01.  In George Kaufman's article "Bank Runs":


a. Why does Kaufman think that a bank run is unlikely to CAUSE insolvency? (That is, cause a solvent bank to become insolvent.)

b. Why might runs on insolvent banks spillover to solvent banks? Why does this depend on what the running depositors do with their funds?

c. What does the evidence show about bank failures before deposit insurance?

d. How would a run on the banking system be detected?

02.  In Roger Leroy Miller and Daniel Benjamin's article "Short-Run Stabilization Policies--Fact or Fiction?":


a. Why do the lags in short-run stabilization policies lead critics of the Fed such as Milton Friedman to recommend the use of a monetary rule?


03.  In Roger Leroy Miller and Daniel Benjamin's article "The Political Business Cycle":


a. Explain Nordhaus' idea of a political business cycle and what evidence supports his ideas.

b. Explain Fair's idea of a political business cycle and what evidence supports his ideas.

c. Can politicians continually fool the public by expanding the economy right before an election? Can politicians be persuaded to do nothing about the economy or must they always appear to be doing something? What are Miller and Benjamin's answers? How might you answer those questions? Explain. Hint: What are rational expectations and how do they relate to these questions?





04.  In Roger Leroy Miller and Daniel Benjamin's article "Should the Fed be Controlled?":


a. Has the Fed stabilized or destabilized the economy? Does this record imply that Congress should have more control over the Fed? Briefly explain.

b. How would a monetary rule affect the Fed's ability to conduct countercyclical monetary policy?

c. Explain what NBER researchers found about the relation of central bank independence and the rate of inflation.

d. Why do some economists oppose a monetary rule?

05.  In Larry H. White’s article “The Financial Bailouts: See the Needle and the Damage Done”:

a. Why does White call the recent Fed lending activity a bailout?

b. In the past the Fed has used open market operations to expand or contract the money supply without showing favoritism to certain financial institutions. Do its recent lending activities have a similar result? Explain.

c. Why do the bailouts create uncertainty in the market and cause lending to freeze up? (Hint: See Anna Schwartz’s evaluation of the bailouts.)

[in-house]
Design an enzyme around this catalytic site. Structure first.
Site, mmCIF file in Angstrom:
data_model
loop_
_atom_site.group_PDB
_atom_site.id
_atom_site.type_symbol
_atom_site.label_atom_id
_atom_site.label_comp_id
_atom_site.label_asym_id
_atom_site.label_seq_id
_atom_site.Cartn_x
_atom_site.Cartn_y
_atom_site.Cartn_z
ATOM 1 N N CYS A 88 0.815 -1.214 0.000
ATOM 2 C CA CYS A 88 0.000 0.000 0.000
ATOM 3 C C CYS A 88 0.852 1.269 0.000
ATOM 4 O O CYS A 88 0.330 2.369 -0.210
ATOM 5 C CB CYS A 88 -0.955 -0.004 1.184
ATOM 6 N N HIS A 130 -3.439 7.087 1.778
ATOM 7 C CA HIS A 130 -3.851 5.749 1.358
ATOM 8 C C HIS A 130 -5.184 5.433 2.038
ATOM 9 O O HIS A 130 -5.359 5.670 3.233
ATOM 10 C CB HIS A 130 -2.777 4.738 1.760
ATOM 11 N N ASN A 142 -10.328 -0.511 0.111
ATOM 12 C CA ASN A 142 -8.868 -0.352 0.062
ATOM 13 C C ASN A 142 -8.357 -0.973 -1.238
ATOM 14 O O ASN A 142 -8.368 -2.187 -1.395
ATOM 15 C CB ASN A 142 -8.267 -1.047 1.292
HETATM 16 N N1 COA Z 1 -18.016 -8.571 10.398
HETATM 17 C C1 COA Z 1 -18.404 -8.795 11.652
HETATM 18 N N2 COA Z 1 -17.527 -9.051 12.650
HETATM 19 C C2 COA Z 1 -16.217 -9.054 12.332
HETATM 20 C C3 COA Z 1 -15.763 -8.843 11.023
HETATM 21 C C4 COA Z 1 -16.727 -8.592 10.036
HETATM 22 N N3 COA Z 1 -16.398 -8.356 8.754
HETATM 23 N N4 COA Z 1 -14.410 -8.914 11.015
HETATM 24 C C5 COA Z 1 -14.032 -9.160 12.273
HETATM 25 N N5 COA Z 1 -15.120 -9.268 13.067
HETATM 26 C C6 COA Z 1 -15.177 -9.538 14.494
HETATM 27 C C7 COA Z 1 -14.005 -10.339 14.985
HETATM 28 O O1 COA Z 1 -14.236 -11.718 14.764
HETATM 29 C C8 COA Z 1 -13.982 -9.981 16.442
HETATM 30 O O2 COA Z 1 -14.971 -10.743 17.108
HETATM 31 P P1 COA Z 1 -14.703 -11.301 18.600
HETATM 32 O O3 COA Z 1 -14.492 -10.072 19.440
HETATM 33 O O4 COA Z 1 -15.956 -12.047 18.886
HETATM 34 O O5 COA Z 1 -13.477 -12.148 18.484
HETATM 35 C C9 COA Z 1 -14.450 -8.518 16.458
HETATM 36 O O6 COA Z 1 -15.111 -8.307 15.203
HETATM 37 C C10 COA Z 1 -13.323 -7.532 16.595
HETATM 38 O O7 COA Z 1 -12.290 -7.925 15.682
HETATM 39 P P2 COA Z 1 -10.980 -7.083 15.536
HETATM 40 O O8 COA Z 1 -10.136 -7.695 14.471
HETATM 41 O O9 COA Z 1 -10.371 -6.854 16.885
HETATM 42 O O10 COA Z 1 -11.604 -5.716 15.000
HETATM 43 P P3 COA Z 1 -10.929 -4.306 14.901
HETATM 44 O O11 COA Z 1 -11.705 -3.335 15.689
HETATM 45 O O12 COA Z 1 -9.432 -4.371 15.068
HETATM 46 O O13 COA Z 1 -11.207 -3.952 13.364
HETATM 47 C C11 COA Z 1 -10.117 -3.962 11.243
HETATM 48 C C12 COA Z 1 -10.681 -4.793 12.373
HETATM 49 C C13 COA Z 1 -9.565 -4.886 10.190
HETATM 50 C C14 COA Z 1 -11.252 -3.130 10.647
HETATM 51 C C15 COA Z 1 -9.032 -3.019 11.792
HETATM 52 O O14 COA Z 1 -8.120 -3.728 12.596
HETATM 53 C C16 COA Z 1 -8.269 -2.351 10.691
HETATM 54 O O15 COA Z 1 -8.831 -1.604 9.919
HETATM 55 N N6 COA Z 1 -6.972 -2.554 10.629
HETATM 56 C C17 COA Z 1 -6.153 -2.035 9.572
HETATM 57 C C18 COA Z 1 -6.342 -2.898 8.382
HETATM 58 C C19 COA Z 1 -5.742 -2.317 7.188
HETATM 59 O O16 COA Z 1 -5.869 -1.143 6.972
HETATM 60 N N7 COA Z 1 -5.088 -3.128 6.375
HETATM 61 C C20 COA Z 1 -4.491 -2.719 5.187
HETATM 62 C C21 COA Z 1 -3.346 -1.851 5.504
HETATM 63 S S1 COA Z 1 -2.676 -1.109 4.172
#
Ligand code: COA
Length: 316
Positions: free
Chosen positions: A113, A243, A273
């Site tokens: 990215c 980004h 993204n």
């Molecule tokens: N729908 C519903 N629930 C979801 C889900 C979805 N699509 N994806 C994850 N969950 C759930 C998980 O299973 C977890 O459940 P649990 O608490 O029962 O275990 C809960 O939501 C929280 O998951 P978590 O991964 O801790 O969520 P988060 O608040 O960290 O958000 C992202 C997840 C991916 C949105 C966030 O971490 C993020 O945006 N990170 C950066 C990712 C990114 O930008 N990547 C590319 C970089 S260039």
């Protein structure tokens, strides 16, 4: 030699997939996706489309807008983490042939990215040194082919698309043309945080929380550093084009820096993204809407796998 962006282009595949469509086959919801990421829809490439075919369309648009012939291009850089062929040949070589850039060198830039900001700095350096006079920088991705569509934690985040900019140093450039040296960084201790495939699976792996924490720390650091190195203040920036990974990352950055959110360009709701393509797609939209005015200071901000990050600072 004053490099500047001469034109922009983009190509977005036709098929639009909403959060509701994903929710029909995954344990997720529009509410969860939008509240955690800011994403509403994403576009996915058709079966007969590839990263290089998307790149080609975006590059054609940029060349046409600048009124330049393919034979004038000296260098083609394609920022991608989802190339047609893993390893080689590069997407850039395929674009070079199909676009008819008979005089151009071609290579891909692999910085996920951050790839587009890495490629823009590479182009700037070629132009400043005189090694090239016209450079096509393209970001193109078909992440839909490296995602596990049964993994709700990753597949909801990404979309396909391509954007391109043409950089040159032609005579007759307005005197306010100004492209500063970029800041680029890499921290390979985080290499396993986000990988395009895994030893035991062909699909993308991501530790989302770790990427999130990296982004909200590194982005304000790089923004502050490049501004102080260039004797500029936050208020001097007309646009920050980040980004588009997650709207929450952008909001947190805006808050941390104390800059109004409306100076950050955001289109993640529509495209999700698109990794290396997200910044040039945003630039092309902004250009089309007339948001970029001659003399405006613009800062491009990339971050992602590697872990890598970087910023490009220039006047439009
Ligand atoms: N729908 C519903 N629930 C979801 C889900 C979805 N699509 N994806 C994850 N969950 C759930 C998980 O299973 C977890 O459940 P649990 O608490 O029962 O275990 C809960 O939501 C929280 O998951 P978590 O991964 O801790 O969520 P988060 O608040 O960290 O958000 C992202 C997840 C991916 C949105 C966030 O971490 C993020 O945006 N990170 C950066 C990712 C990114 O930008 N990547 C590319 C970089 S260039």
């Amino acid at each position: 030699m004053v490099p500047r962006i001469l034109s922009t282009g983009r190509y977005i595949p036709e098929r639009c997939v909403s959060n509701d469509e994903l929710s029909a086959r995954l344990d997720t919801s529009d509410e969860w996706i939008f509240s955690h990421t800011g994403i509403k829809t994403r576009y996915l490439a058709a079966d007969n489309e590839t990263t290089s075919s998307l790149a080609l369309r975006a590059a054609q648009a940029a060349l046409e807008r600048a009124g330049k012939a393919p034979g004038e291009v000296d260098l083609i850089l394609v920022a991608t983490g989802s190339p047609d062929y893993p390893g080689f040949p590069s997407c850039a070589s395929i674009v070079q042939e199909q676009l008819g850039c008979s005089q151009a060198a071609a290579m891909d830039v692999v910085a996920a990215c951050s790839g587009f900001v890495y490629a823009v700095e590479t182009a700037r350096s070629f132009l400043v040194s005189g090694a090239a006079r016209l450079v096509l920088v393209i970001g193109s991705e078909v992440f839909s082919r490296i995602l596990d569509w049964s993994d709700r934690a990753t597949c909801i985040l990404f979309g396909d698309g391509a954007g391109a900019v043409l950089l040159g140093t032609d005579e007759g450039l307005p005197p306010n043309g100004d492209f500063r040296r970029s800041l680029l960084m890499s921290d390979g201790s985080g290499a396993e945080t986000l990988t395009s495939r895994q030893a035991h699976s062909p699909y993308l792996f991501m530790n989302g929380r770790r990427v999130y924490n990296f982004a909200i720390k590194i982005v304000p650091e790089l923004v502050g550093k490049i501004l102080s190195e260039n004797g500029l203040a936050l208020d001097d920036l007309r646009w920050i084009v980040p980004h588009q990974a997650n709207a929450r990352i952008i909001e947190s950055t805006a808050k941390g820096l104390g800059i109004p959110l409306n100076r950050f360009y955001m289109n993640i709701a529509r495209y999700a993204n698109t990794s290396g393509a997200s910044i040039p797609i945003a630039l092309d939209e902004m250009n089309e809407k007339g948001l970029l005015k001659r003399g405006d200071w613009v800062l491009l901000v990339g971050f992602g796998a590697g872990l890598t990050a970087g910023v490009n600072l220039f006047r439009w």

d. Are financial institutions unregulated?

06.  In Jeffrey Friedman’s article “Capitalism Without Romance”:

a. In their eagerness to promote homeownership the Federal government pursued policies which caused a housing bubble (where housing prices rise continually). When the housing bubble burst and housing prices started to fall (because of an excess supply of housing) a world-wide banking collapse occurred. What caused this collapse?

b. Why did commercial bank lending freeze up? Why did this cause the Great Recession (Hint: Federal rules which mandate mark-to-market mean that any MBSs—mortgage backed securities—which were sold on the market at a lower price than their face value would determine the price of all MBS on the books of all financial institutions.)

c. What is the Recourse Rule for American banks?

d. Why did banks reduce their capital (increase their leverage) and why is this so risky? Why didn’t other financial institutions have a significant proportion of their assets in MBSs?

e. Why does regulation increase systemic risk? (Hint: What happens to risk perceptions in an unregulated market and how does regulation affect those perceptions?)

07. In David Howden’s article “Can the Fed Successfully Exit?”:

a. Why did reserves in the banking system increase dramatically in late 2008? Why did the Fed start paying interest on those reserves?

b. Why will paying interest on reserves prevent inflationary pressures from building up? Can the Fed continue this policy indefinitely?

c. One exit strategy for the Fed is to swap the “bad” assets on its balance sheet for the liquid reserves in the banking system. Why might this be a problem? (Hint: What is the quality of the assets that the Fed holds? Will it be able to obtain face value for them?)

d. What would be the lower bound estimate of inflation if the Fed does swap those assets for bank reserves?

e. When will the Fed attempt to unwind its asset position (make the swap of assets for bank reserves)? 

08.  In Steve Horwitz's article "Commercial Banking in a Free Society":


a. What happens when government monopolizes the currency? What happens when banks are free to issue their own brand of money? (Hint: Look at the overproduction and underproduction of money.)

b. What happens when government restricts the ability of a bank to establish branches in other states? What happens when banks are free to establish such branches? How does Glass-Steagall affect the ability of banks to diversify?

c. If banks can distinguish themselves from other banks because of their notes and the "brand recognition" these notes get, how does this affect the problem of banking panics? Would banks with their own notes need deposit insurance?

d. What can free banks do to reassure their customers that they are safe?

09.  In Cindy Kelly's article "Should Money Go Private?":


a. What effect does restrictions on branching have on the number of banks? What would removal of restrictions on branching do to the numbers of banks?

b. Why were private bank notes discounted? Did restrictions on branching have anything to do with this problem?

c. How would a private monetary system prevent a banking panic? (See lecture notes and Horwitz article.)

10.  In Lawrence H. White's article "Competing Currencies":


a. Will free banking systems be subject to periodic financial panics? What evidence does Prof. White cite to deal with this assertion?

b. Is the European Union a good idea from the point of view of free banking proponents? Explain.